Scramming led me to the Samsung stage, which had my second band of the day that I wanted to see: The Gaslight Anthem. These fellas from New Jersey certainly know how to write a catchy tune or two, and frontman Brian Fallon was cracking me up with his occasional banter between songs. He commented on the excessive Austin heat (it was probably a brisk 90 over the weekend), and said pants were a bad idea, and that his undercarriage was burning up. He also said the band tried a pork roll earlier, and it's like cocaine for the tongue. In addition, there was some bashing of Philadelphia, and he claimed the band had "been in the gambling life since they were born," and "you don't want to be a part of that life, kid." Who knows if there was actually someone in the crowd considering that gambling life. Oh yeah, they also played some great music, including one of my favorites:

Good stuff. Unfortunately, standing out in that hot sun got me not only tuckered out, but also hungry. After taking a quick survey on the available food options, I came to two conclusions: that I wanted a burger, and that it was worth the additional 10 minute walk to an actual P Terry's for half the price. Plus that P Terry's had a shaded area where I could sit away from the increasingly drunken masses.

Total Attendance: Way too many
I can safely say that Spoon had the most rude fans I encountered at ACL. I found myself in the middle of the crowd, only to decide to get some water before the set was over. Apparently this was a crime, as I was berated by a group of idiots for trying to walk around them to get out of the crowd. They yelled at me to find another path, and I told them "show me the way" like some bad 90s boy band song. One man pointed at a similarly impenetrable wall of people, and I told him that that wasn't an alternative way. There was one dude who seemed to soften his stance a little when he realized I was just trying to leave, but by then I was fed up. I saw a little bit of green grass and bolted out of there.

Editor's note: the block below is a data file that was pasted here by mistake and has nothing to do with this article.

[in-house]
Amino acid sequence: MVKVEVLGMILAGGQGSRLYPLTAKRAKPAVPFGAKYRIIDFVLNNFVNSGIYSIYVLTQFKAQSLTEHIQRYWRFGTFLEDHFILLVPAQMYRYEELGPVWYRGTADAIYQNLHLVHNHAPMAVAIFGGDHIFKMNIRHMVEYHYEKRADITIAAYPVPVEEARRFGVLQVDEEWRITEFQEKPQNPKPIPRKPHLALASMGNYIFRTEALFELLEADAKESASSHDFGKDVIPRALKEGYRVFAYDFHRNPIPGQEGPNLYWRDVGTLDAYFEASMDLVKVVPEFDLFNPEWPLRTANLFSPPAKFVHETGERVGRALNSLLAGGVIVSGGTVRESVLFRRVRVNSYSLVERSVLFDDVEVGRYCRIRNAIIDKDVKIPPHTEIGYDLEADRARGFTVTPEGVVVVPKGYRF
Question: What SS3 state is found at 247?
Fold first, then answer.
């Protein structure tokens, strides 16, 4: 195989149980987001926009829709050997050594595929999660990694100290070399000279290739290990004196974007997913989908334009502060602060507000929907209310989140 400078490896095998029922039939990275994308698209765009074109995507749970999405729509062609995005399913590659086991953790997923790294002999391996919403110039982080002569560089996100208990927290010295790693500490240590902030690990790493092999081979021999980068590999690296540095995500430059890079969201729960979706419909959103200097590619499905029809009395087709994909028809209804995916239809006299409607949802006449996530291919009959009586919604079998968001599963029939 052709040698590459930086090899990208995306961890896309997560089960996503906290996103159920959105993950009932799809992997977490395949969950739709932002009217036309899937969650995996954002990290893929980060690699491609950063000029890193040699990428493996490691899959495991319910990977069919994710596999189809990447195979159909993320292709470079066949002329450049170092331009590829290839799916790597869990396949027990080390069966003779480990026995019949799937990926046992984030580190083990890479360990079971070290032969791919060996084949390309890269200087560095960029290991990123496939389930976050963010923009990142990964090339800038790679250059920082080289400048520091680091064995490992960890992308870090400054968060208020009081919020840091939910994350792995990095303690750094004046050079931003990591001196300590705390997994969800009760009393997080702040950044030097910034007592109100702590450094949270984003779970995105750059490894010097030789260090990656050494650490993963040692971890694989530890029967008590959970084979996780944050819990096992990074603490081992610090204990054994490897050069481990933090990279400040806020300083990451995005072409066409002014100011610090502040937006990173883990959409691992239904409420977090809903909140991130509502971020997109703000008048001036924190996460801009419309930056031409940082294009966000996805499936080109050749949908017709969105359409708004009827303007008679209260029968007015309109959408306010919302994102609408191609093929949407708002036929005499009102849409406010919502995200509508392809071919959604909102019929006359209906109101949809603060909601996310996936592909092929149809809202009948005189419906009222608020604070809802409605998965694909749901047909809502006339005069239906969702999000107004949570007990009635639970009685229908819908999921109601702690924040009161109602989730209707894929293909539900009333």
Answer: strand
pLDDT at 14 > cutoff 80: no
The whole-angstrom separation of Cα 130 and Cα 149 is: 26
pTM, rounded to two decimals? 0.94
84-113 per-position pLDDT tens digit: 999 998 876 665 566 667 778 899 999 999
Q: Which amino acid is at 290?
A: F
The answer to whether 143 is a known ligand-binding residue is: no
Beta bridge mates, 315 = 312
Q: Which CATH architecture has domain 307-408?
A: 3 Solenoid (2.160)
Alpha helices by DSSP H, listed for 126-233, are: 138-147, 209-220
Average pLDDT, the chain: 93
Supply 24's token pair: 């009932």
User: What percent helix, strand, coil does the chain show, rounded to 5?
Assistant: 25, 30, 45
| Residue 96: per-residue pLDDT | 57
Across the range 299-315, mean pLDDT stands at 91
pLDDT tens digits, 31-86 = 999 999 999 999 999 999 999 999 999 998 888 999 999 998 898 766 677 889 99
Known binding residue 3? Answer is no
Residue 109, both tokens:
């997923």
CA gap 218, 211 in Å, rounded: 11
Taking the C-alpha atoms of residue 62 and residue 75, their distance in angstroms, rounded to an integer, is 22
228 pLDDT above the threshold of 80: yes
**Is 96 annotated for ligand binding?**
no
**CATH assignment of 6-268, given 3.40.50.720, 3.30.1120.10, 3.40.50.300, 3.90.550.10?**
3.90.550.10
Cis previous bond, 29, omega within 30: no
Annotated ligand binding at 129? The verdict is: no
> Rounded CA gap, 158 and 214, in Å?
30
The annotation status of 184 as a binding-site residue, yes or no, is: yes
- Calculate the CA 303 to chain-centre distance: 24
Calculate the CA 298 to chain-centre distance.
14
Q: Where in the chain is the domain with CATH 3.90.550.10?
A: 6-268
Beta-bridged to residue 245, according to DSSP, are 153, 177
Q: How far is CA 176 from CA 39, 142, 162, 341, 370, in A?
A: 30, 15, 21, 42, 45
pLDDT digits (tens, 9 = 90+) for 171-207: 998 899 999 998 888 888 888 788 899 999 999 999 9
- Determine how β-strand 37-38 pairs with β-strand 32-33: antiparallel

The Replacements were a band I knew I had heard of, but really didn't know their music too well. A lot of older 40-somethings had been talking about them during The Gaslight Anthem's performance, and I like punk music, so I gave 'em a whir. They did a cover of "I Want You Back" by the Jackson 5, but only a verse, which was a little irritating. I guess if I didn't like the song I'd be thanking them for finishing after a verse, so it's not too big of a negative. They played pretty fast for allegedly old geezers. Well job, gents.

Chromeo, or as I liked to refer to them, Lil' Chromeo, played in the penultimate performance of the evening, before Calvin Harris and Pearl Jam finished things off (on opposite sides of Zilker Park, that would be a weird duet). Chromeo was not too bad, although as a heavily electronic-influenced group, I felt like a lot of their songs sounded the same. It wasn't nearly on the level of a reggaeton album, but I probably couldn't pick out five different jams from a lineup.

Eddie Vedder demonstrating the correct way to reach for the wall
while swimming the 100-meter freestyle.
I opted to see Pearl Jam over Calvin Harris, because I didn't really feel like watching a guy push play on his computer and hearing overplayed songs that I already don't enjoy. Not that I'm a huge Pearl Jam fan, but hey, gotta support a local Chicagoan (as Eddie Vedder is). And he even showed up in a Walter Payton Bears jersey-shirt. Not bad at all. He went off on a little bit of a rant about voting at some point, and I noticed women around me rolling their eyes. Seemed strange considering Vedder was talking about having the right to choose, but hey, to each their own.

Me? I was rolling my eyes because I was tired. I snuck out to beat the crowds, and then veered off down a back road, because if there's one thing I don't like, it's walking behind slow people. Crisis averted. Good work, ACL, you lived up to the hype for the most part. Maybe I'll see ya next year.